By Guest Contributor Safiyyah Surtee, cross-posted from Muslimah Media Watch
Several weeks after Eid al-Fitr, it’s a good time to analyze the recent media embroglio about women and Eid prayers in South Africa. The ways in which South African Muslims interact with the media has changed drastically in the last few years with the rise of social media, and this has reflected itself especially in what has been called “the desktop gender jihad” (women using the internet to fight, lobby and advocate for their rights).
In the weeks following Eid al-Fitr, a group of South African women from different cities and affiliated with different groups put their heads together to make a statement: Women have the right to attend Eid prayers. Traditionally, South African Muslim women in the north have been barred from attending the prayers, as part of the dominant mindset of women as a source “temptation” and “distraction.” Muslims in the South, especially in the Cape, have always had women as part of their congregations. These differences are sometimes attributed to ethnicity and sometimes to madhab (school of law).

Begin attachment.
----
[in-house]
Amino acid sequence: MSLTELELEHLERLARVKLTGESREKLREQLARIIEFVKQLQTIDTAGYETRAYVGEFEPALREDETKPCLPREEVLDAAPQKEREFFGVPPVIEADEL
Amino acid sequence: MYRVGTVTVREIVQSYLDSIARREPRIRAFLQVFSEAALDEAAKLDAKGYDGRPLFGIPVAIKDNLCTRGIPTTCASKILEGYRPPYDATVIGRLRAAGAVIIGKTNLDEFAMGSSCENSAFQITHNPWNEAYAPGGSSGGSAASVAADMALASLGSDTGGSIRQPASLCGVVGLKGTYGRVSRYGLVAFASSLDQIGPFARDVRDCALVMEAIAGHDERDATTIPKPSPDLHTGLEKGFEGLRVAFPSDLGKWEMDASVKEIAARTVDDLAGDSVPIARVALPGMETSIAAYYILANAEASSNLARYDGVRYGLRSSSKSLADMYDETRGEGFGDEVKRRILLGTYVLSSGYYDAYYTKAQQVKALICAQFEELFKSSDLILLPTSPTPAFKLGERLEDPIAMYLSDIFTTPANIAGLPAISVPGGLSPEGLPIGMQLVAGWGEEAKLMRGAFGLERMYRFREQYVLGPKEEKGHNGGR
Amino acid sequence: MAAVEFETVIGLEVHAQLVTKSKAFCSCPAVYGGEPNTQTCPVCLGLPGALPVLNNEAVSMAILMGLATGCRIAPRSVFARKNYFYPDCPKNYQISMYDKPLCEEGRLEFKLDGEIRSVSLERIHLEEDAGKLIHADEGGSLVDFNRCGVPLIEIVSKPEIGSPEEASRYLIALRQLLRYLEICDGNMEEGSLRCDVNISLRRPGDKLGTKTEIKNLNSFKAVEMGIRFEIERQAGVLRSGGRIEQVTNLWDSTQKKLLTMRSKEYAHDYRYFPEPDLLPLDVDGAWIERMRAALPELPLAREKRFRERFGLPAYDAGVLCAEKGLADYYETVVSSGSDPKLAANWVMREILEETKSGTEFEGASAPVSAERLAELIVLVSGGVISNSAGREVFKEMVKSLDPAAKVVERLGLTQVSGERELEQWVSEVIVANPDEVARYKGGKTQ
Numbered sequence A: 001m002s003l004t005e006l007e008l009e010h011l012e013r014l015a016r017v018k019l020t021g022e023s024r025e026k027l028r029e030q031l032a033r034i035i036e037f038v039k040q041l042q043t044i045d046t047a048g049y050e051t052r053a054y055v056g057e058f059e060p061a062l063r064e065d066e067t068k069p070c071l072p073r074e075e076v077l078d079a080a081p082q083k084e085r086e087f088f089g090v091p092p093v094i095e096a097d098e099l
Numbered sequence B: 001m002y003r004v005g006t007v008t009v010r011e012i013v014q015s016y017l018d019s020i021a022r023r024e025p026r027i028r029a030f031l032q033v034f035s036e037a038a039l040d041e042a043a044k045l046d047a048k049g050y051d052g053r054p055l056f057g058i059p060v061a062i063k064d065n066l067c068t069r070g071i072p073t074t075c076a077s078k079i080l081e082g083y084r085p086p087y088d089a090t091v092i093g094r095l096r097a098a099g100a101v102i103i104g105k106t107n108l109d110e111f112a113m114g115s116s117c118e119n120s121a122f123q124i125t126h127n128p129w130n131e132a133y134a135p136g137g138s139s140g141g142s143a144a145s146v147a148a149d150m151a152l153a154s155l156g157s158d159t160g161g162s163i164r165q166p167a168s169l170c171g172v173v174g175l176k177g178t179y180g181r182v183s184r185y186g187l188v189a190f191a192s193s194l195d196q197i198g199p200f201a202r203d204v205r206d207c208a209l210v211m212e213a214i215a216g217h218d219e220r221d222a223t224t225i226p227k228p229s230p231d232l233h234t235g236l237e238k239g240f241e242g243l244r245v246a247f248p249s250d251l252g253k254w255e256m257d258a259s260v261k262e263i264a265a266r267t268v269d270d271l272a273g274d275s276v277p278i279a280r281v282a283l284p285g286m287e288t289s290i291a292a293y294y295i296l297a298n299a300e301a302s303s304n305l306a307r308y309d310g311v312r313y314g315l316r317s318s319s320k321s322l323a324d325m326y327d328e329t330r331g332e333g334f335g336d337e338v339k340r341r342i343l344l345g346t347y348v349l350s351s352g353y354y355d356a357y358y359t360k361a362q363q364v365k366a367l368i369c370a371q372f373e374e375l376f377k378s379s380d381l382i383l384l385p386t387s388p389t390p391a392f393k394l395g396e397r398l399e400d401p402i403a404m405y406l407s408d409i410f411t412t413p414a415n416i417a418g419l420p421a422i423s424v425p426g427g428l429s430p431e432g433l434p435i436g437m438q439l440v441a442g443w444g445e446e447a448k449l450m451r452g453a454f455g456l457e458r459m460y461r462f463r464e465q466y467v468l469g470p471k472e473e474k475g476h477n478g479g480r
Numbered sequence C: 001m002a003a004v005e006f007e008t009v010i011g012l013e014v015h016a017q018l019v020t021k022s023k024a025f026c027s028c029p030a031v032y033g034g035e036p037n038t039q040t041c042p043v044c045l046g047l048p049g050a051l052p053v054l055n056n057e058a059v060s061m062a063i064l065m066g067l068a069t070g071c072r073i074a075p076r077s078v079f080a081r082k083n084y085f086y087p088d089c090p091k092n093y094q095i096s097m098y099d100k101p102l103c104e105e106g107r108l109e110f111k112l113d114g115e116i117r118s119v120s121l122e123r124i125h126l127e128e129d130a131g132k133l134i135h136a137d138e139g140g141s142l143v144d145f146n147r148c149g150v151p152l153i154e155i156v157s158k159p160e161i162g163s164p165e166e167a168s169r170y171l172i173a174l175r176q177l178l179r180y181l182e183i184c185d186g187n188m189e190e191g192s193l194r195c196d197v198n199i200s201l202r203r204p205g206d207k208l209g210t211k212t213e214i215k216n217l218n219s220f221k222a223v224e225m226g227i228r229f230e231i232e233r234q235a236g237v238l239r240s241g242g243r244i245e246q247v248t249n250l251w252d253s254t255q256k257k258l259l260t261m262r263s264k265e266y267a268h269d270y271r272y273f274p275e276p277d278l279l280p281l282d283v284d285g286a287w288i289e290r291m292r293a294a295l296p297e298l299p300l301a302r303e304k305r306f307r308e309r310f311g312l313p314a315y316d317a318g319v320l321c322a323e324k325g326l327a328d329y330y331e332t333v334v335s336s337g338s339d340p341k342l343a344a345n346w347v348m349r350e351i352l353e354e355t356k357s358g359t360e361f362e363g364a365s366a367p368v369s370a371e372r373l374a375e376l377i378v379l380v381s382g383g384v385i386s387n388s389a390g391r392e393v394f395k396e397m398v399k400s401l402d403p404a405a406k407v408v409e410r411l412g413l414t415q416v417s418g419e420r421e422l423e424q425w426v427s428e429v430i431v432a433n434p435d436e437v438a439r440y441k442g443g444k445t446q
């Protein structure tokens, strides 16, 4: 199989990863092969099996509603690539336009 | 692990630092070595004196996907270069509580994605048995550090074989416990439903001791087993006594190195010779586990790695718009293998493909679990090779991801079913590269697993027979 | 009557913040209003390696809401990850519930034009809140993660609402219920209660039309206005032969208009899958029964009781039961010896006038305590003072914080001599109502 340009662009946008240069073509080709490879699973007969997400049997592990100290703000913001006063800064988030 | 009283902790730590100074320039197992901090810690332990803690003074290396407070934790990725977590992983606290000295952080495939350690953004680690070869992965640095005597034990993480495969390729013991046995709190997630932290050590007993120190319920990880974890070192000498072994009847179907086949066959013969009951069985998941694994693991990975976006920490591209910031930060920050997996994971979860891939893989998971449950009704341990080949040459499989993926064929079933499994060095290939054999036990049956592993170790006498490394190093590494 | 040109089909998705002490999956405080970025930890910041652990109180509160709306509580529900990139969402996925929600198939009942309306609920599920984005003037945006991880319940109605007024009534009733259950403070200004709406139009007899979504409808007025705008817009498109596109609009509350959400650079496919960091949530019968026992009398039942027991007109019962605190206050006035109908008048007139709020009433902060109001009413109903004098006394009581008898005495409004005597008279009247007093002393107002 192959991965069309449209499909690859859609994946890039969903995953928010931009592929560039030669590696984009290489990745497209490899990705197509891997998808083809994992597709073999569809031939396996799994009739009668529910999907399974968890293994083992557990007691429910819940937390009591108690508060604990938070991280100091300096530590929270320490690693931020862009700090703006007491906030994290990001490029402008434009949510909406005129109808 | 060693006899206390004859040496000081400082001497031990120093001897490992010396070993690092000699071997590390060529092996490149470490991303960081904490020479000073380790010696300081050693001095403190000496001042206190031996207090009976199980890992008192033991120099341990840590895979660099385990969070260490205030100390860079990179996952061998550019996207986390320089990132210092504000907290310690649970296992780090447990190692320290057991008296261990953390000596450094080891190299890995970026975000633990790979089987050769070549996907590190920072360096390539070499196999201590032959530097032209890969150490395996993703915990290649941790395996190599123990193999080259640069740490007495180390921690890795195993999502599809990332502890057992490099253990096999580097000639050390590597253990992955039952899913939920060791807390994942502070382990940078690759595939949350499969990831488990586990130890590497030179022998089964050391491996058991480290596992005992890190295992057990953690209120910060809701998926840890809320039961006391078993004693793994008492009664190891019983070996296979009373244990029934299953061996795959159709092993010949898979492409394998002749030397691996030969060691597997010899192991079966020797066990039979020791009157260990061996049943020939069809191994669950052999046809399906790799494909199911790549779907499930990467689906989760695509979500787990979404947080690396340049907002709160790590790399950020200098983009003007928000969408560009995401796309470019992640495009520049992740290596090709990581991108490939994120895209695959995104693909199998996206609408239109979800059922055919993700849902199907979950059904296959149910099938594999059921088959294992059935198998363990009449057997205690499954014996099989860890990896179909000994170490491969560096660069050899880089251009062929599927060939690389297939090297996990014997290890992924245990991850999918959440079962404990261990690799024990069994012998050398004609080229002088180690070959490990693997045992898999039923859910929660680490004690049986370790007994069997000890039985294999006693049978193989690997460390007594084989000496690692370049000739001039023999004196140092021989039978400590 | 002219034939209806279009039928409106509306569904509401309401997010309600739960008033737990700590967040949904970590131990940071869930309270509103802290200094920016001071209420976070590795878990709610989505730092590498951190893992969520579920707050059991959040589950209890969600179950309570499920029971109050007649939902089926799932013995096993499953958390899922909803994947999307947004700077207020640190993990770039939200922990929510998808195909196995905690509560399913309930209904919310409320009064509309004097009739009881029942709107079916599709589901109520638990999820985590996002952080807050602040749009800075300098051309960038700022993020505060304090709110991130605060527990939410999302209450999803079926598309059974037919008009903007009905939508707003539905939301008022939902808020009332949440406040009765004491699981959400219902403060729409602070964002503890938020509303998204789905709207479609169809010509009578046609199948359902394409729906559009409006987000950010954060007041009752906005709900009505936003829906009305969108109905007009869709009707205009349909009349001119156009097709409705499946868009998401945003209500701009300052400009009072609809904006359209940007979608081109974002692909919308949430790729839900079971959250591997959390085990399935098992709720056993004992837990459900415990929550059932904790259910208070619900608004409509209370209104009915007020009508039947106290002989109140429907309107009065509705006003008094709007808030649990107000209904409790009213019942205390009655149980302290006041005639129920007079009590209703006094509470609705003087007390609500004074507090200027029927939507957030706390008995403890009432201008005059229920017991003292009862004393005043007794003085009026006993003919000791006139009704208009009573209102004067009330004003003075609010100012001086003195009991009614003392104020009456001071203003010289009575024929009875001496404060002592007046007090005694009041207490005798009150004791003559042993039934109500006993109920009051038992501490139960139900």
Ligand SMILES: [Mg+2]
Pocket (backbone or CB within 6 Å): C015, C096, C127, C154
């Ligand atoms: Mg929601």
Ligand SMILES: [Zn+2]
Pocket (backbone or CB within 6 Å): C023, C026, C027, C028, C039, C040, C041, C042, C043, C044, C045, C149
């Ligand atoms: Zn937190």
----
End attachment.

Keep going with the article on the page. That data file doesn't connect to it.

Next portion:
The campaign to attend Eid prayer was carried out using various media channels, including radio and television interviews, newspaper articles, blog posts and social media updates. I’d like to look at how Muslim women used the media to further their campaign, as well the counter-attacks launched by a number of Muslim media agencies.